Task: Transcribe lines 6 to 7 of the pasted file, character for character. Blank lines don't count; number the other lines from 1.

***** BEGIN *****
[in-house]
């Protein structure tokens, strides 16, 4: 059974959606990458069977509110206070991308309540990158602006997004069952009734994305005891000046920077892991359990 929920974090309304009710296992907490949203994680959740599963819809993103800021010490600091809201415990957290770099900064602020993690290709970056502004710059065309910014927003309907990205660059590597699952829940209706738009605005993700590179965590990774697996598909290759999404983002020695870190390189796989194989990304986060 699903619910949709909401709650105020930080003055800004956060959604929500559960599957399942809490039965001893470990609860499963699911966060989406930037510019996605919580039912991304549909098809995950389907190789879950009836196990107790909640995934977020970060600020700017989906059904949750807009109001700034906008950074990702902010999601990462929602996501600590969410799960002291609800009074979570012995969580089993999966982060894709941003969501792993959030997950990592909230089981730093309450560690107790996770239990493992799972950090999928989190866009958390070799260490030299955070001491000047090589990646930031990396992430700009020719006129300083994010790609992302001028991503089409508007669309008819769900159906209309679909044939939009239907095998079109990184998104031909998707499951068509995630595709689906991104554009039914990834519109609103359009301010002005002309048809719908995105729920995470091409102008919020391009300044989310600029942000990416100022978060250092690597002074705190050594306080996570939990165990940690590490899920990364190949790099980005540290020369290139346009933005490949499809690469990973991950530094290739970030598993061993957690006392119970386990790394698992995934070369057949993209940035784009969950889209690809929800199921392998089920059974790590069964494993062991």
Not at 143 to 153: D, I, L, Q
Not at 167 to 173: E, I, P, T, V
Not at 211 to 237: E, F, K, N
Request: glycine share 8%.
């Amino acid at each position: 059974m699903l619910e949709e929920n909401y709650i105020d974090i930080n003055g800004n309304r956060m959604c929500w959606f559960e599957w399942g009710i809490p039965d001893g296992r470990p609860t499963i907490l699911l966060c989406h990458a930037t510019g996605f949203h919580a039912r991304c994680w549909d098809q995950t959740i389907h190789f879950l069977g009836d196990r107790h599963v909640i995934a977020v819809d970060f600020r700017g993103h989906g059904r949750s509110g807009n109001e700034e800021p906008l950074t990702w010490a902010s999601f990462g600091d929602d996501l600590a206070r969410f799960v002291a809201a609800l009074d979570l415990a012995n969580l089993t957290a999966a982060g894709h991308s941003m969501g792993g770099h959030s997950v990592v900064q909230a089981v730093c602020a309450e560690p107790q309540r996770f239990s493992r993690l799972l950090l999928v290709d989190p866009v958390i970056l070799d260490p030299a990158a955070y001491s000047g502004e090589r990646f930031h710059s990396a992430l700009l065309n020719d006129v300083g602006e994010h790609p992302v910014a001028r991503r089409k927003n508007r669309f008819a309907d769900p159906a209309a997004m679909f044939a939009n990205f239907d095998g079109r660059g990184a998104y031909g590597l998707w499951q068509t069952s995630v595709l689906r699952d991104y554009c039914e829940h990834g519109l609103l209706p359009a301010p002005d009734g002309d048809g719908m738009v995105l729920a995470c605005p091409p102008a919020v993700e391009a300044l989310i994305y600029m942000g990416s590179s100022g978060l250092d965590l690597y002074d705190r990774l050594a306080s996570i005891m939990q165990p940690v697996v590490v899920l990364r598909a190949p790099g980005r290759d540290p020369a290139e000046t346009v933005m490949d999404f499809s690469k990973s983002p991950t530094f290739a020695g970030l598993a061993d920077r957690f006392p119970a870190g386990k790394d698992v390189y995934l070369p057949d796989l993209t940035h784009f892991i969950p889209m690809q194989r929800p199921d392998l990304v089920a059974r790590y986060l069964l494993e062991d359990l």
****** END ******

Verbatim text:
Request: glycine share 8%.
């Amino acid at each position: 059974m699903l619910e949709e929920n909401y709650i105020d974090i930080n003055g800004n309304r956060m959604c929500w959606f559960e599957w399942g009710i809490p039965d001893g296992r470990p609860t499963i907490l699911l966060c989406h990458a930037t510019g996605f949203h919580a039912r991304c994680w549909d098809q995950t959740i389907h190789f879950l069977g009836d196990r107790h599963v909640i995934a977020v819809d970060f600020r700017g993103h989906g059904r949750s509110g807009n109001e700034e800021p906008l950074t990702w010490a902010s999601f990462g600091d929602d996501l600590a206070r969410f799960v002291a809201a609800l009074d979570l415990a012995n969580l089993t957290a999966a982060g894709h991308s941003m969501g792993g770099h959030s997950v990592v900064q909230a089981v730093c602020a309450e560690p107790q309540r996770f239990s493992r993690l799972l950090l999928v290709d989190p866009v958390i970056l070799d260490p030299a990158a955070y001491s000047g502004e090589r990646f930031h710059s990396a992430l700009l065309n020719d006129v300083g602006e994010h790609p992302v910014a001028r991503r089409k927003n508007r669309f008819a309907d769900p159906a209309a997004m679909f044939a939009n990205f239907d095998g079109r660059g990184a998104y031909g590597l998707w499951q068509t069952s995630v595709l689906r699952d991104y554009c039914e829940h990834g519109l609103l209706p359009a301010p002005d009734g002309d048809g719908m738009v995105l729920a995470c605005p091409p102008a919020v993700e391009a300044l989310i994305y600029m942000g990416s590179s100022g978060l250092d965590l690597y002074d705190r990774l050594a306080s996570i005891m939990q165990p940690v697996v590490v899920l990364r598909a190949p790099g980005r290759d540290p020369a290139e000046t346009v933005m490949d999404f499809s690469k990973s983002p991950t530094f290739a020695g970030l598993a061993d920077r957690f006392p119970a870190g386990k790394d698992v390189y995934l070369p057949d796989l993209t940035h784009f892991i969950p889209m690809q194989r929800p199921d392998l990304v089920a059974r790590y986060l069964l494993e062991d359990l």